I am delighted to lead the Urban Male Leadership Program at Lehman College in strategic efforts to increase the number of Black and Latino males in higher education. And while I have seen progress, I am fully aware that it has not been enough. Barriers continue to rise making further progress for Black and Latino males even more difficult to attain. One of our noted advocates for education in the urban community, Malcolm X, stated, “Education is the passport to the future, for tomorrow belongs to those who prepare for it today.”
In the Fall of 2004, former Chancellor Goldstein established a new initiative intended to increase, encourage, and support the inclusion and educational success of underrepresented groups in higher education. The Division of Student Affairs at Lehman College recognized its responsibility and opportunity to take an active role in establishing and introducing this initiative as a platform to provide strong leadership on challenges facing underrepresented youth and men, and to strengthen the school-to-college pipeline enabling many more minority male students to move into higher education and increase admission and graduation rates at CUNY colleges.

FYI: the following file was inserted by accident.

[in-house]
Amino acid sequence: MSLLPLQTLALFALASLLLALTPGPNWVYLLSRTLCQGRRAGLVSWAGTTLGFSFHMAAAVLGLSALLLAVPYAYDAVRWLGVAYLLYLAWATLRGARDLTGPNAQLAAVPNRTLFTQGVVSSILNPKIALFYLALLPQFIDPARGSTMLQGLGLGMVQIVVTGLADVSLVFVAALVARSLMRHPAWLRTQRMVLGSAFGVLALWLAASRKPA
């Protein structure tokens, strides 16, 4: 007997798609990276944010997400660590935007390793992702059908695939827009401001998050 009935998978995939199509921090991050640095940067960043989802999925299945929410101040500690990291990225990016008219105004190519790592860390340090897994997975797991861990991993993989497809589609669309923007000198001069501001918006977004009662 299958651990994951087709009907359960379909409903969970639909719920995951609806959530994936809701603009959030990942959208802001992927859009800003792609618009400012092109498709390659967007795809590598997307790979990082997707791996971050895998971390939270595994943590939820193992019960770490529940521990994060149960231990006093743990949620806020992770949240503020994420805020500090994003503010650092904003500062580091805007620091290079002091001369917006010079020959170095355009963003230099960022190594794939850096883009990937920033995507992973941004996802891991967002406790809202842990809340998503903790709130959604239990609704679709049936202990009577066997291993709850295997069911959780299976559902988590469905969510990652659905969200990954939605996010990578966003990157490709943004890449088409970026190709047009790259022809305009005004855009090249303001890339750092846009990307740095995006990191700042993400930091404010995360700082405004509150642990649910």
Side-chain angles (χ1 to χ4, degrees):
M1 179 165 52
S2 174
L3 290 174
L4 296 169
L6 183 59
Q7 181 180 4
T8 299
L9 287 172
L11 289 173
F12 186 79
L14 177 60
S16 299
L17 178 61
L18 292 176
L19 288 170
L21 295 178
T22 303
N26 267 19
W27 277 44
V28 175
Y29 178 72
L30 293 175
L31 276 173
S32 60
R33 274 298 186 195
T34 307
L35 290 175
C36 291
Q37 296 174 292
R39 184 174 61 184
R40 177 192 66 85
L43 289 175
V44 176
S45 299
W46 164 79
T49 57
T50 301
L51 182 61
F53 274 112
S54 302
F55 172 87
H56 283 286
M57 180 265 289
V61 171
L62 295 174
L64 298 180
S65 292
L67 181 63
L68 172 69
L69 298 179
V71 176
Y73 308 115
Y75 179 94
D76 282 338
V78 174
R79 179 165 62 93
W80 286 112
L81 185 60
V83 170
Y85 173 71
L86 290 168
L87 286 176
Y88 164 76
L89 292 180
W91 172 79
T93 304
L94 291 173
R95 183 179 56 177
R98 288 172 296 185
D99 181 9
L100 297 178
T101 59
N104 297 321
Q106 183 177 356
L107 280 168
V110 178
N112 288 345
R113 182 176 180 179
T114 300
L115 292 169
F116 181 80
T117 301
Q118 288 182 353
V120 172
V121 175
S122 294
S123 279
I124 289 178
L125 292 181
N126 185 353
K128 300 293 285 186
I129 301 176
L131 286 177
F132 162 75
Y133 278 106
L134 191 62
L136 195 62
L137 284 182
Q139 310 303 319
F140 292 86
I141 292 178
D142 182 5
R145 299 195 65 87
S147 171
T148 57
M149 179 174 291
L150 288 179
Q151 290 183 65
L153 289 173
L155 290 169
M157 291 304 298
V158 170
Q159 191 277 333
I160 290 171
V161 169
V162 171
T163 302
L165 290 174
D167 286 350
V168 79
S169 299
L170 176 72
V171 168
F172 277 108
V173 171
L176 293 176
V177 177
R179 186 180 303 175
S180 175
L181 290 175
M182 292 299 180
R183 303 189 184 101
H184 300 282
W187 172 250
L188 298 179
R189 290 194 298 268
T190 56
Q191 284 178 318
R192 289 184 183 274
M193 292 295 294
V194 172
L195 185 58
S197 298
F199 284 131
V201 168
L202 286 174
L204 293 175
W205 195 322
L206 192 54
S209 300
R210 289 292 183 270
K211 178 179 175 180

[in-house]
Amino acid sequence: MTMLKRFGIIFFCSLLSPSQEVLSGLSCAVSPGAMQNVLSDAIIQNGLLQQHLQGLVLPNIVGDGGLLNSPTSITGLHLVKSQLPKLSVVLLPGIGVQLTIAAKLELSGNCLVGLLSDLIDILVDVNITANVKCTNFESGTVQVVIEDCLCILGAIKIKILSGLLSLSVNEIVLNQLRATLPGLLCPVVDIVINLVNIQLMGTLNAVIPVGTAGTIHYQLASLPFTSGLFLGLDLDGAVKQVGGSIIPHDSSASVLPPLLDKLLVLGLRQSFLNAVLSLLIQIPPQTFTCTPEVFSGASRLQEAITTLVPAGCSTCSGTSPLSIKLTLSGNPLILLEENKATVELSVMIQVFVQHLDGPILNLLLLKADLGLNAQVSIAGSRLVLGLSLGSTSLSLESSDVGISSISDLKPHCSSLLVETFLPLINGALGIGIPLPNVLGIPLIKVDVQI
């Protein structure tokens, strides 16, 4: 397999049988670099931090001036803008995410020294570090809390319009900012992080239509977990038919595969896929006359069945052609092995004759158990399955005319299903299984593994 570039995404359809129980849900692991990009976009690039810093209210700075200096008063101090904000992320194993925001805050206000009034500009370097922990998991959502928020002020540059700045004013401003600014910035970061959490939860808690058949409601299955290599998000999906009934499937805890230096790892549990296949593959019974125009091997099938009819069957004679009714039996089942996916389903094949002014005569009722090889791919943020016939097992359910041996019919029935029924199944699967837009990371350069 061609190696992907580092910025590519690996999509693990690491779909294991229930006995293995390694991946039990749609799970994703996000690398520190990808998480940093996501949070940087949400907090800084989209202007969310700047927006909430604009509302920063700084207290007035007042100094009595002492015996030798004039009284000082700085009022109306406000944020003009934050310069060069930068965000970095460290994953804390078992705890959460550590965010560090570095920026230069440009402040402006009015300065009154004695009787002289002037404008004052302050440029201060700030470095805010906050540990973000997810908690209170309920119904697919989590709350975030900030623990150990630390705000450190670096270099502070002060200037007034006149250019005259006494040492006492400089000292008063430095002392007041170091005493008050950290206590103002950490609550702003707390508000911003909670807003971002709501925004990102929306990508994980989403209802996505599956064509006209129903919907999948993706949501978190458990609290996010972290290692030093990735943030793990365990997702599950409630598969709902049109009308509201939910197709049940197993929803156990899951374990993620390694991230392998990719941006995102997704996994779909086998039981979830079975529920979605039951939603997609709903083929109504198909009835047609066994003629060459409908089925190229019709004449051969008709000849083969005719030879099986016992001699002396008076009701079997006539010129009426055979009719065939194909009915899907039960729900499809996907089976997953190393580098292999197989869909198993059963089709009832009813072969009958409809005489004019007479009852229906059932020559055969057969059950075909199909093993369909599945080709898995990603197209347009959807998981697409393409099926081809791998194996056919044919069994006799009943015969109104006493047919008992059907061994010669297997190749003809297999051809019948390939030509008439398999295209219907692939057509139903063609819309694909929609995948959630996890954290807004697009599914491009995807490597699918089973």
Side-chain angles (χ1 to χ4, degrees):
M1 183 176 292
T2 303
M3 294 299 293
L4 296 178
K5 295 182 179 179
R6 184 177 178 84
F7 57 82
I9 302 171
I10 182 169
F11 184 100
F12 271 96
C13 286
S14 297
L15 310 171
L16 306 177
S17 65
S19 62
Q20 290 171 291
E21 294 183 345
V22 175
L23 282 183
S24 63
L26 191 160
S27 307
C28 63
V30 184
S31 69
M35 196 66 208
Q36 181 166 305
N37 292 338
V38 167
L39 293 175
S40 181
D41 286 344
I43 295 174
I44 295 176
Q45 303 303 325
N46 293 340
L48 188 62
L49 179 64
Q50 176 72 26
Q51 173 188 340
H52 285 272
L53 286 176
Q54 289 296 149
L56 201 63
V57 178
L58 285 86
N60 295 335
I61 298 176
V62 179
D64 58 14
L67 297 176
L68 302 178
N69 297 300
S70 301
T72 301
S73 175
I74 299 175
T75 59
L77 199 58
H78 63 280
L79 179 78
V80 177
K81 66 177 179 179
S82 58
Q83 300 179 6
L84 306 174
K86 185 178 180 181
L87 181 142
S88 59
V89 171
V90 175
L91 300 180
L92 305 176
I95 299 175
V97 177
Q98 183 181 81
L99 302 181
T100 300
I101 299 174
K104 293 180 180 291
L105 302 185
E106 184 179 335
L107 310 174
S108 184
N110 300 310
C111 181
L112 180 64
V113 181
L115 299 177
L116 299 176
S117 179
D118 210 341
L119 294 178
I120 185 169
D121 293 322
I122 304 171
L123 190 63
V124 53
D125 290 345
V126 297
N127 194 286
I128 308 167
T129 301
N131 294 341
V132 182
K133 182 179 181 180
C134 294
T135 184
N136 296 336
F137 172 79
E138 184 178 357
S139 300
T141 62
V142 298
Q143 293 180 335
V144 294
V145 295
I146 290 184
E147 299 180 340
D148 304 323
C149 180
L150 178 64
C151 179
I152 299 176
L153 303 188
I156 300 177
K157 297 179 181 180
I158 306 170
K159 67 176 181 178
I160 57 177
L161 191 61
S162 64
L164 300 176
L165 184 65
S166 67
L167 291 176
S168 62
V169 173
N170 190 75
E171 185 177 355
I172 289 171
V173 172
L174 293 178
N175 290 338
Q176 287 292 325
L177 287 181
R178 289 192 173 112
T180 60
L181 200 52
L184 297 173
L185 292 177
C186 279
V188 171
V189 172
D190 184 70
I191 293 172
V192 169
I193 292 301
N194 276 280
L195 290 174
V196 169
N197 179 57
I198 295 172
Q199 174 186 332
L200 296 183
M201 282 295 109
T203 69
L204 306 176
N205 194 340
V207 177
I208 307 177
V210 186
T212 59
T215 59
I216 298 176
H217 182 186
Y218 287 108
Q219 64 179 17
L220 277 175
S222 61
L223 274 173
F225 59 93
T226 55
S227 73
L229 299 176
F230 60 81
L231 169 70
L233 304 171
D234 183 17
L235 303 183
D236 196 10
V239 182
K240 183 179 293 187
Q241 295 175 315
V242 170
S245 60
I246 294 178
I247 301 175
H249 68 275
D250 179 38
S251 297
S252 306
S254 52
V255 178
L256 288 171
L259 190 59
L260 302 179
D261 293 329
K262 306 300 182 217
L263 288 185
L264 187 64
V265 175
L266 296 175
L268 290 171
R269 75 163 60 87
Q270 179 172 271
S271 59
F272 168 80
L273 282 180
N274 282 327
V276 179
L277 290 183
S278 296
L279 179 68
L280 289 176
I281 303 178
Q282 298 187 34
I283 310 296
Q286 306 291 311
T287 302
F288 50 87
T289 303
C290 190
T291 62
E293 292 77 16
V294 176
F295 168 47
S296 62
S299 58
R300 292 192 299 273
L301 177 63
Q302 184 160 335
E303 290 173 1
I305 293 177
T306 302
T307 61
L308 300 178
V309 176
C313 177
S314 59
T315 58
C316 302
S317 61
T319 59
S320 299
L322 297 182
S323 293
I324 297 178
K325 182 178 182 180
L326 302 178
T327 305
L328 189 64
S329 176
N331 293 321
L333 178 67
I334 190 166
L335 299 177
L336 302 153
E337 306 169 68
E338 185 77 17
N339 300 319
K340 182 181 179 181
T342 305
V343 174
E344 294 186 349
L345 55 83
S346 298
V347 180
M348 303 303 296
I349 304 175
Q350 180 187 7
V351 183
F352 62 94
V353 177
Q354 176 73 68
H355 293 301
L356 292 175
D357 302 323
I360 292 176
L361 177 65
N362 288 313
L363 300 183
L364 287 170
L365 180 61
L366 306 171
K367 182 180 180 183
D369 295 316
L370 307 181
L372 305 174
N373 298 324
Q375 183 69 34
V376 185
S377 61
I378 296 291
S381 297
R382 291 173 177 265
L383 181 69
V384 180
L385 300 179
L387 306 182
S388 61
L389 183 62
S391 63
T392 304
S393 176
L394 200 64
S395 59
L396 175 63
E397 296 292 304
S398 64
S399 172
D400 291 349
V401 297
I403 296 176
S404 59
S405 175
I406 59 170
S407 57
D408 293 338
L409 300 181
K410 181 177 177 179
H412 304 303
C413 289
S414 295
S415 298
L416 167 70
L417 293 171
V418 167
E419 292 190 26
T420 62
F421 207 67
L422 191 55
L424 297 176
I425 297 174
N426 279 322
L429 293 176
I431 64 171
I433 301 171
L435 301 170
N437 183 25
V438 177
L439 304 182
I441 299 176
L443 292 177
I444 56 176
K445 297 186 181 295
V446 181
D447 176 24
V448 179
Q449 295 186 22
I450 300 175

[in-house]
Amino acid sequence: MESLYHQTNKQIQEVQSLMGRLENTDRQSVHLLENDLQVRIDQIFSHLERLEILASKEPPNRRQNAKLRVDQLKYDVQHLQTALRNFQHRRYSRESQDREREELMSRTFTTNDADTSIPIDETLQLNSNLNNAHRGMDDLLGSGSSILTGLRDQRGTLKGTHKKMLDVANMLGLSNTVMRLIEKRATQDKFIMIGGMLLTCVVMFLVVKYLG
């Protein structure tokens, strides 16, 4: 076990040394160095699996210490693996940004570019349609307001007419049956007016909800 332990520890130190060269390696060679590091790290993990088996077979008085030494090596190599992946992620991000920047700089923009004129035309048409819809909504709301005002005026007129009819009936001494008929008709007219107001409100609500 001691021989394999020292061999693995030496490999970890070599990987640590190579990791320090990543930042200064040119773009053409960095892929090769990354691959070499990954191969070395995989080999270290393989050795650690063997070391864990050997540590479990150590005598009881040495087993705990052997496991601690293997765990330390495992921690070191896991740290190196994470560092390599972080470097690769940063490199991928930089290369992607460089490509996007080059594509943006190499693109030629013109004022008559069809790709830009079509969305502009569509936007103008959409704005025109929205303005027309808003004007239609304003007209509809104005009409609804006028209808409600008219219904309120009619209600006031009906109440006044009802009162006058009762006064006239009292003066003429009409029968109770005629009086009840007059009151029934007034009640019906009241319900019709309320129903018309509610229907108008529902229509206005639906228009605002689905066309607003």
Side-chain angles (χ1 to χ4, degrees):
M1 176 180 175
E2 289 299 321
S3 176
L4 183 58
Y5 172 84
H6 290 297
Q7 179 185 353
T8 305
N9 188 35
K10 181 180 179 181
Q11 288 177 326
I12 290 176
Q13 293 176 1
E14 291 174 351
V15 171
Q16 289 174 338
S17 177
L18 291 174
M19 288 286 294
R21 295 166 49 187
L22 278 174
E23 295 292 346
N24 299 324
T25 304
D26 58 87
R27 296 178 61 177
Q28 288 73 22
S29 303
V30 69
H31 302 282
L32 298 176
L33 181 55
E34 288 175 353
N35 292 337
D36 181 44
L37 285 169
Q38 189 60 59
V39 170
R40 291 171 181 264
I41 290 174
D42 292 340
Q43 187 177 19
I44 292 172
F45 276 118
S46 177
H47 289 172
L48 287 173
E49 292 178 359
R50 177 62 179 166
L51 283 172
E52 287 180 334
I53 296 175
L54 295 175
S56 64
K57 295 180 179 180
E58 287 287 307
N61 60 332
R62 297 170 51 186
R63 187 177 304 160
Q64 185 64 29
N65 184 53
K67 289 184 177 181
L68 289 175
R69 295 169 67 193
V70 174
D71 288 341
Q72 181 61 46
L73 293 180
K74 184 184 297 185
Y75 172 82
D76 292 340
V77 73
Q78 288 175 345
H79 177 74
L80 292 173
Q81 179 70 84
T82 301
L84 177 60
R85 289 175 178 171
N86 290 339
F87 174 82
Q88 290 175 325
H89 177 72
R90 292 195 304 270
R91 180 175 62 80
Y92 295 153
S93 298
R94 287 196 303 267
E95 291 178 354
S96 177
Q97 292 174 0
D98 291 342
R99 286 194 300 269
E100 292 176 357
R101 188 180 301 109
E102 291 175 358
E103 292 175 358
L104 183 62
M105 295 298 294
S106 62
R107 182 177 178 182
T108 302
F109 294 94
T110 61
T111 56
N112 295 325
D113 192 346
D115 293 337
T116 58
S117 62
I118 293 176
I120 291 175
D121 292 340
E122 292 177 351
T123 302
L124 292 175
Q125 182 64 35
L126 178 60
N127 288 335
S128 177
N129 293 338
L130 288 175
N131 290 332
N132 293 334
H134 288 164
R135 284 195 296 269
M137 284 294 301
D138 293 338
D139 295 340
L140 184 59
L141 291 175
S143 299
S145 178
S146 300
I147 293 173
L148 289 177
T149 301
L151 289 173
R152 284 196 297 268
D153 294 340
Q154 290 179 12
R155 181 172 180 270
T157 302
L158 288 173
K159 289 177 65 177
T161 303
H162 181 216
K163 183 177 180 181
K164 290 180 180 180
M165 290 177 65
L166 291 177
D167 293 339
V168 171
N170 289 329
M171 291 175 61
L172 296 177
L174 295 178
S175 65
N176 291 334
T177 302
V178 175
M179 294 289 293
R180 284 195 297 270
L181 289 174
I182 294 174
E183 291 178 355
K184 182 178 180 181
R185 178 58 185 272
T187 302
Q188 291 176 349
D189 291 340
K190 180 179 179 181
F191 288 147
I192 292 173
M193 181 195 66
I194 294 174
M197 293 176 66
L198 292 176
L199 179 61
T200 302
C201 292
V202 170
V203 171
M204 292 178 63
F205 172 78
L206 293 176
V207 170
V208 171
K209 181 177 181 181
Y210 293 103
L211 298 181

In order to have change, we must come together for the betterment of all members on our campus, in our communities, and beyond. It is my hope that the Urban Male Leadership Program will continue to assist students in building their Passport to Success by providing valuable experiences to identify their leadership role on campus and in our community.
The Urban Male Leadership Program (UMLP)is designed to facilitate the successful transition of first-year and transfer students to Lehman College. The program also provides support to continuing students by strengthening academic skills, personal development, and character enrichment. We are committed to developing the whole student both inside and outside of the classroom. The primary program focus seeks to increase the retention and graduation rates of all students while fostering a meaningful college experience with specific emphasis on experiences of historically underrepresented Black and Latino males.